Research Output per year
Angela Bartholomew is a doctoral candidate in art history with support from the Dutch Organization for Scientific Research (NWO).
General research interests include the factors that shape the production and presentation of art. Particular interests involve the production of art in the 1980s and 1990s.
Her PhD research examines exhibitions and how they shape artistic practice, and in turn how artistic practice shapes exhibition making. It looks specifically at pivotal exhibitions that occurred in the Netherlands and Flanders in the mid-1980s to mid-1990s. The manner in which curators shape the presentation, and the production of art, as well as the various strategies that artists adopt to influence the appearance, distribution, and reception of their work are of key interest.
MA Seminar (Period 1-2, 2016/2017), The Art of Exhibiting: Artistic Strategies and Subversion in the 1980s and 1990s
This course focused on strategies employed by artists of the 1980s and 1990s, looking in particular at exhibitions, which are one of the ways in which artistic strategies are made manifest. In the 1980s and 1990s, artists marginalized by the art world, such as women, people of color, post-colonial populations, ‘illegal’ immigrants, and queer communities, demanded increased recognition from art institutions. At the same time, counter-cultural movements, such as the punk and new wave scene, motivated not by inclusion but exclusion, developed spaces beyond the purview hegemonic institutions. The art market boom of the 1980s, while profitable for artists who succeeded in mastering its mechanisms, further marginalized others. State-support for individual artists that had been ample in the 1970s and early 80s, steeply declined in the latter half of the 1980s. At the same time, the increasing frequency and popularity of thematic exhibitions, art fairs, and biennials, meant a shift in attention away from the individual artist and the work of art. More importance than ever was levied upon the exhibition as a singular – and spectacular – event, and upon its creator, the curator. Artists creating work that was not readily embraced by established institutions were induced to engage with the forces shaping the reception of art. They developed effective strategies to navigate this treacherous climate for artistic autonomy. Each week of the course focused on a different strategy, introduced through case studies and grounded in theoretical literature. Original research into the history of artists’ initiatives, which were founded in this period, also formed a crucial element of the course. While the course was largely grounded in this specific period, the strategies introduced resonate with episodes throughout the history of art and into the present. These resonances were frequently discussed and encouraged as topics of student research.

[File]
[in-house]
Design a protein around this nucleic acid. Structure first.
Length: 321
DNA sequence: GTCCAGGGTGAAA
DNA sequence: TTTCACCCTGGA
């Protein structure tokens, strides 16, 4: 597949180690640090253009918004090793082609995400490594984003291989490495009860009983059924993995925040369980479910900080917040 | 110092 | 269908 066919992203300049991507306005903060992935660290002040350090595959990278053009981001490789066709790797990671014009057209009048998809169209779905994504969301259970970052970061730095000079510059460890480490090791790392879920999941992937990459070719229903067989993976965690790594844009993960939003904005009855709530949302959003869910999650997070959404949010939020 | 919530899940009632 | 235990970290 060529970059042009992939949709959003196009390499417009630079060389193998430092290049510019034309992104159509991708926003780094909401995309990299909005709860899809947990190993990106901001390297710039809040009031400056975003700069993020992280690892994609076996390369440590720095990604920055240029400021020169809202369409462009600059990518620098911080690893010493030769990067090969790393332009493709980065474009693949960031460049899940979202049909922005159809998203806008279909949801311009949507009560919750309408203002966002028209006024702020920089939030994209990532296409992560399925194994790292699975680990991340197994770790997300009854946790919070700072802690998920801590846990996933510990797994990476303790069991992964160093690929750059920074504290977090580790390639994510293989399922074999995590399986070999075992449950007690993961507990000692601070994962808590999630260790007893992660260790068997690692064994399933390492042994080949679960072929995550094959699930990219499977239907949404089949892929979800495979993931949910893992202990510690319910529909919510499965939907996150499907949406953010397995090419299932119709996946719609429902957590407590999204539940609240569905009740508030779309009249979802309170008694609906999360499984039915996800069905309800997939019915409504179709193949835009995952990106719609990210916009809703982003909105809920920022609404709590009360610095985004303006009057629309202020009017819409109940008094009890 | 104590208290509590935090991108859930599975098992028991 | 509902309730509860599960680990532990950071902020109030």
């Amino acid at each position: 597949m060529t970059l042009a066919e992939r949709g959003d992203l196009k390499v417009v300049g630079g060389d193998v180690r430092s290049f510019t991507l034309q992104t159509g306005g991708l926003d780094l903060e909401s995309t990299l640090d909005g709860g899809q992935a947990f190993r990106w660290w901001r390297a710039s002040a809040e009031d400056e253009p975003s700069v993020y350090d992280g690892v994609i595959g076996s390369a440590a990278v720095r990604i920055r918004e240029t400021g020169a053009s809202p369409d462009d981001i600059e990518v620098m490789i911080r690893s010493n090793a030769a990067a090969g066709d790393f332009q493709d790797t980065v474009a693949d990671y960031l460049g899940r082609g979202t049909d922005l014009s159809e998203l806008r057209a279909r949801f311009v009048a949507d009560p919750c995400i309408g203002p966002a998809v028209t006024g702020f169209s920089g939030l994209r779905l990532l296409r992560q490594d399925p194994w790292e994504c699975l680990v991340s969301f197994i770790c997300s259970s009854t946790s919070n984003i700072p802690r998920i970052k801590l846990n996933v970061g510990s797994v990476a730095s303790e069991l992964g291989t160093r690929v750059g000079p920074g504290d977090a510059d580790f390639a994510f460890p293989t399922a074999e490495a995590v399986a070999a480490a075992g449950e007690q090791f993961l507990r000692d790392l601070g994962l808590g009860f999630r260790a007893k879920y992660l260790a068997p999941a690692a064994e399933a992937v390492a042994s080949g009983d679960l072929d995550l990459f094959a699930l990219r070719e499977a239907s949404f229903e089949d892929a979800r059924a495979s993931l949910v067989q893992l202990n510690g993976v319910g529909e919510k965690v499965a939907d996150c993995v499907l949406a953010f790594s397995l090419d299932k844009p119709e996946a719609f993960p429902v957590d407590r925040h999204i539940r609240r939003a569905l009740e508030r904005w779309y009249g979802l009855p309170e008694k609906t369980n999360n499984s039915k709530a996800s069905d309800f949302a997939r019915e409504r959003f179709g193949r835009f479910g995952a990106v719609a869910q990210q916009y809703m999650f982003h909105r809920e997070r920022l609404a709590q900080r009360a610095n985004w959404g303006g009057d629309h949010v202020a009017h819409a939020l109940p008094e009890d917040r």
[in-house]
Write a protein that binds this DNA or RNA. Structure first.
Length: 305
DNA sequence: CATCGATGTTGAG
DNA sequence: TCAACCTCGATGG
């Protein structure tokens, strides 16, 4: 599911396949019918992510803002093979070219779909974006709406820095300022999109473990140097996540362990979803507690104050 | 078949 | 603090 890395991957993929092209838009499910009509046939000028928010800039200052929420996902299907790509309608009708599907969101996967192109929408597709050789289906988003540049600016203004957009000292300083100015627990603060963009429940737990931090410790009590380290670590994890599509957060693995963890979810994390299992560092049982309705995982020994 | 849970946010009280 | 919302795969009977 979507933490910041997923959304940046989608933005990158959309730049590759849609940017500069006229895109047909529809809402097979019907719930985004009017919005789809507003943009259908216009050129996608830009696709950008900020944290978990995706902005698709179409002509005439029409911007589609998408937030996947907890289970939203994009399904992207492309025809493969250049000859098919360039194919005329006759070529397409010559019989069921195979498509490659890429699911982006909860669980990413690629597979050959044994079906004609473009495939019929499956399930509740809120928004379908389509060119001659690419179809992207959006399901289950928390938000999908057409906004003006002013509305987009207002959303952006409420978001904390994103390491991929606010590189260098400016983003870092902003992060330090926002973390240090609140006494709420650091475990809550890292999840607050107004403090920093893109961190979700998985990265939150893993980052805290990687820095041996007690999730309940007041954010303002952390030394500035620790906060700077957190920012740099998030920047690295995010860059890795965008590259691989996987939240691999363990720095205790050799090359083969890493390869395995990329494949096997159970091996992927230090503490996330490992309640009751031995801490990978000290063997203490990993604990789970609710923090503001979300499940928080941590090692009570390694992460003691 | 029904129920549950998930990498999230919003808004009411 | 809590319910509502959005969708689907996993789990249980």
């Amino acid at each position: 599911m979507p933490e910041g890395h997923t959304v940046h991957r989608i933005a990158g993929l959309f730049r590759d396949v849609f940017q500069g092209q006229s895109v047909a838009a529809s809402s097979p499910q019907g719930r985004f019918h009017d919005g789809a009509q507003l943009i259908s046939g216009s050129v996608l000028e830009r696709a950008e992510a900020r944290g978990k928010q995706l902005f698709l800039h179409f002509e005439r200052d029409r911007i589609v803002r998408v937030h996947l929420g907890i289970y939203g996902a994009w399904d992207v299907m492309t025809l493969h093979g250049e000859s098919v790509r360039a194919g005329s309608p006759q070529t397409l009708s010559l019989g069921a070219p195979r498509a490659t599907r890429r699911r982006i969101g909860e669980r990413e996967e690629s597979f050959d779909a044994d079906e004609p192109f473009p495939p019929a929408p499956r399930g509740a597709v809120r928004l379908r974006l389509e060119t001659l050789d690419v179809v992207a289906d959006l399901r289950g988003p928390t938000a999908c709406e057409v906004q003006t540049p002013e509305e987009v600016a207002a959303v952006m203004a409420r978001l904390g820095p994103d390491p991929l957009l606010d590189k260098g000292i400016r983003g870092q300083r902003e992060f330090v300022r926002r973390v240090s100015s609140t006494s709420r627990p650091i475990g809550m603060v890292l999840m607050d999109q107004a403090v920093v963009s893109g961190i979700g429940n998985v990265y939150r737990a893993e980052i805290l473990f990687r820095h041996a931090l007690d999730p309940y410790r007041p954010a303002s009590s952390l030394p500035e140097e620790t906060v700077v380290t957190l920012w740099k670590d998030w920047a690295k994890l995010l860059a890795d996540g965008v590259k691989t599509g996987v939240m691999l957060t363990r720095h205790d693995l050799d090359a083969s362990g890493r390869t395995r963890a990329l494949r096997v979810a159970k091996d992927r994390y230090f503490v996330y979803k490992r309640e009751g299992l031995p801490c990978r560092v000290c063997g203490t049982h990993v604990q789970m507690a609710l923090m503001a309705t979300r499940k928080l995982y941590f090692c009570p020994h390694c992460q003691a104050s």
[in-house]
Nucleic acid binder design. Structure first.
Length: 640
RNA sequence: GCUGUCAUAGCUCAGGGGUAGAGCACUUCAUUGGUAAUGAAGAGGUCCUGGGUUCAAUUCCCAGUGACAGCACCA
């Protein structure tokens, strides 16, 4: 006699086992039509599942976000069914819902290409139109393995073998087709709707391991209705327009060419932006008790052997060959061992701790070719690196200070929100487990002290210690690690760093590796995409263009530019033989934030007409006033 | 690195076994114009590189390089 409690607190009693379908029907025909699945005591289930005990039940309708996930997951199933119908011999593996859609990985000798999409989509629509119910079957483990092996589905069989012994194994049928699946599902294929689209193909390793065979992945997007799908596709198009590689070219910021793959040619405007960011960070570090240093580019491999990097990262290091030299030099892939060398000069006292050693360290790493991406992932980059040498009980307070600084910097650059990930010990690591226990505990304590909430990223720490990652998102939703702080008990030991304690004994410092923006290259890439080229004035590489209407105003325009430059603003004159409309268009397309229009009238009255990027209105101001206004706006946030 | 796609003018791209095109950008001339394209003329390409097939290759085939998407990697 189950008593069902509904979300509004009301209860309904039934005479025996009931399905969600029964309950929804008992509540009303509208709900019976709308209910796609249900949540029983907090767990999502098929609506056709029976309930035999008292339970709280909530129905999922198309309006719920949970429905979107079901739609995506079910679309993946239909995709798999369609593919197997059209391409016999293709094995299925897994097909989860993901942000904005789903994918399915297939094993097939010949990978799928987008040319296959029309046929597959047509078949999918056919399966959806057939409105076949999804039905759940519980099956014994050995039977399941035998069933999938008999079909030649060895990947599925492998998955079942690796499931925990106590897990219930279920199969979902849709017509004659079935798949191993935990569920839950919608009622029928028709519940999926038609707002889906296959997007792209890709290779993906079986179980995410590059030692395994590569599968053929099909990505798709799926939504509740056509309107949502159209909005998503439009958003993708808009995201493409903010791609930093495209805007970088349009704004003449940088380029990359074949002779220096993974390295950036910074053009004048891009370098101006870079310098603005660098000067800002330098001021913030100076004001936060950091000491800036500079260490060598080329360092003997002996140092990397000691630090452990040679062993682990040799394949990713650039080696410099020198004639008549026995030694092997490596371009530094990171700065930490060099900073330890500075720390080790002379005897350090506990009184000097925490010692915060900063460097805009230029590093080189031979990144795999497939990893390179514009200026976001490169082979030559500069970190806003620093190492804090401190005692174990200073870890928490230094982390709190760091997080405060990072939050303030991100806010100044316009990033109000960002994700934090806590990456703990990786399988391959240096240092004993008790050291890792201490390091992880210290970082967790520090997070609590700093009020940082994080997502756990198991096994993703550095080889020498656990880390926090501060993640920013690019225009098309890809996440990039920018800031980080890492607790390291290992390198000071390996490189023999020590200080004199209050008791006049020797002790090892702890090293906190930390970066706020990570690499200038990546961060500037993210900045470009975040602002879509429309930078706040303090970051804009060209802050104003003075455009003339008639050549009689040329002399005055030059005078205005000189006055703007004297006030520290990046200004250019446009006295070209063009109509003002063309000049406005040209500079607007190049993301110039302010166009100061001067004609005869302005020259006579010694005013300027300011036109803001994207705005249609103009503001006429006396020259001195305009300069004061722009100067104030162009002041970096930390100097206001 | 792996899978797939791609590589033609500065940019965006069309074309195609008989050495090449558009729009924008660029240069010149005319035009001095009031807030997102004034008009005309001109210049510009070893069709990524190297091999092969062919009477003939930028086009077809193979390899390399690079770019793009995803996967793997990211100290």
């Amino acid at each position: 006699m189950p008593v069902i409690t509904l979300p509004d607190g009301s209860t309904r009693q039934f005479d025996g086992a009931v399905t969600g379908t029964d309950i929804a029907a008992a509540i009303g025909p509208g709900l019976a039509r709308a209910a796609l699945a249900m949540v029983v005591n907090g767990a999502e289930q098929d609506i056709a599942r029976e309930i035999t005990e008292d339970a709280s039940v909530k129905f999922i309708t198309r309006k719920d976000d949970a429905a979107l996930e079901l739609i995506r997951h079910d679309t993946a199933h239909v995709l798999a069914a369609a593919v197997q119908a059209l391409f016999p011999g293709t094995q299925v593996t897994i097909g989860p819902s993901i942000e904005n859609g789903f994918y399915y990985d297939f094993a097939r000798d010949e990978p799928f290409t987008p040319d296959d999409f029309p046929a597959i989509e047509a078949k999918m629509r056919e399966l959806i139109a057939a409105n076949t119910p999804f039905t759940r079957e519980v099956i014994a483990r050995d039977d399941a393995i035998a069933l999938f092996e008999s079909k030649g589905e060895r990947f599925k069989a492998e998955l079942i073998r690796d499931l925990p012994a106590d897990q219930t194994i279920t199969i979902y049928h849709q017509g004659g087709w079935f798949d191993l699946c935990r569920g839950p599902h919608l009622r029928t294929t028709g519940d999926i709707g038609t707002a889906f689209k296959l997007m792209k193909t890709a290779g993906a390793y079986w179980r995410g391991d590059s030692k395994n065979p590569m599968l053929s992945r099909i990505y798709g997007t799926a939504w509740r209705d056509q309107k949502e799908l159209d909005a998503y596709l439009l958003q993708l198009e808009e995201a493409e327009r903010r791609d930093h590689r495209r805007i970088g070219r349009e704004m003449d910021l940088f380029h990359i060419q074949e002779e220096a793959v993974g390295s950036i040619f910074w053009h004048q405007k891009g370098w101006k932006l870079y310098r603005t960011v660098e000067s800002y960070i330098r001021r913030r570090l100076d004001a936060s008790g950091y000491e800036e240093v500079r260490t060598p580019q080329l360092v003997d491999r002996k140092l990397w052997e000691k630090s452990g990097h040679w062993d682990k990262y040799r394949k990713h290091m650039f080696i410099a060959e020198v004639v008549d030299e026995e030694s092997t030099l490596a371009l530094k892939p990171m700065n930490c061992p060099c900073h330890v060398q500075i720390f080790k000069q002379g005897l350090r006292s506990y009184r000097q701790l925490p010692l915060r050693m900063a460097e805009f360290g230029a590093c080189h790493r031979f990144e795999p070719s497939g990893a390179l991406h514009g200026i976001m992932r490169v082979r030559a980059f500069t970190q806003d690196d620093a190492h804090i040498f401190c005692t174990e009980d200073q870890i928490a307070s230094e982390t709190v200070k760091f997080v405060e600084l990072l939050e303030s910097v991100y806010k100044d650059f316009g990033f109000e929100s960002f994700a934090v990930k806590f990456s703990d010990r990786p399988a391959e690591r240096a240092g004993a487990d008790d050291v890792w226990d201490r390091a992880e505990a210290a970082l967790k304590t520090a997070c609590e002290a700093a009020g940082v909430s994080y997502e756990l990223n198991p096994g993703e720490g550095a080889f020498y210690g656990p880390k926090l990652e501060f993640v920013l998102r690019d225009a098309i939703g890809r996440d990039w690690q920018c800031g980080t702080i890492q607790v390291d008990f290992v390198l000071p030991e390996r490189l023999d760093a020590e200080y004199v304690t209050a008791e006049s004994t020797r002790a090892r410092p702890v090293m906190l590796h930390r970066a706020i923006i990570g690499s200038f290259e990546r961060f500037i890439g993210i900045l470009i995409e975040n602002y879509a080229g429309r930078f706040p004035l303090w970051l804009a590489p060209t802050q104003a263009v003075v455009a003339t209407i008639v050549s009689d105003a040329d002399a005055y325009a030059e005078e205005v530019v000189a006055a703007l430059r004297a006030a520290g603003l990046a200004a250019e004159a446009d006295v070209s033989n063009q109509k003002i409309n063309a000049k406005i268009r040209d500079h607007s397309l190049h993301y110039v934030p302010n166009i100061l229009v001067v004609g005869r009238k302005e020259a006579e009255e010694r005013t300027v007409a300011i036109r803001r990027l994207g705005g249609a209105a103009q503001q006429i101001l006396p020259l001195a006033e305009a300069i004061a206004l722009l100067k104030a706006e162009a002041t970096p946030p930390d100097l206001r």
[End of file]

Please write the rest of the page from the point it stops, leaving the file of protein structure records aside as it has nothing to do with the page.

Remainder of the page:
BA Werkcollege, MKDA, 3rd Year (Period 4, 2015/2016), Actualiteiten Beeldende Kunst (Recent Developments in Art & Media):
This course investigated key forces that influence the production, presentation, and reception of art: the museum, funding agendas, the exhibition, historical discourse, the medium itself, and the art academy. These forces formed the six themes of the course. An excursion each week, to an art exhibition, public debate, lecture, or symposium took place in relation to the theme. With lectures, group discussions, and student presentations, the course also involved the writing of exhibition reviews, openly discussed in ‘editorial sessions’, and subsequently revised by the students.
Occasional guest lectures are offered in other courses in the faculty, such as:
'Documenta on Location: Learning from Documenta IX,' Background Session for Excursion to Documenta 14 (14 Sept 2017)
‘Creativity & (Re)Framing: The Exhibition as a Battleground,’ BA Course: Creativity, Power & Commerce (19 Nov 2015).
‘One After the Other: Site-Specific Art, Exhibitions & the Museum,’ BA Course: Exhibition Machines (30 Sept 2015).
Advisory Board, Kunstlicht, Journal for Art, Visual Culture, and Architecture (2018-)
Co-Editor of the Memorial Papers, the discursive component of Everything For You: SculptureCommunism, by Jan De Cock (2013-present)
Editor and Contributor to Kunstlicht, Journal for Art, Visual Culture, and Architecture (2012-2017)
Embedded Researcher, Modeling Crowdsourcing for Cultural Heritage Project, University of Amsterdam, Creative Industry Research Centre Amsterdam (2013-2014)
No ancillary activities
Ancillary activities are updated daily
Vrije Universiteit Amsterdam
2011 → 2013
Bachelor, University of California at San Diego
2003 → 2008
- N Fine Arts
- Contemporary Art
- installation art
- exhibition history
- artist initiatives
- cultural policy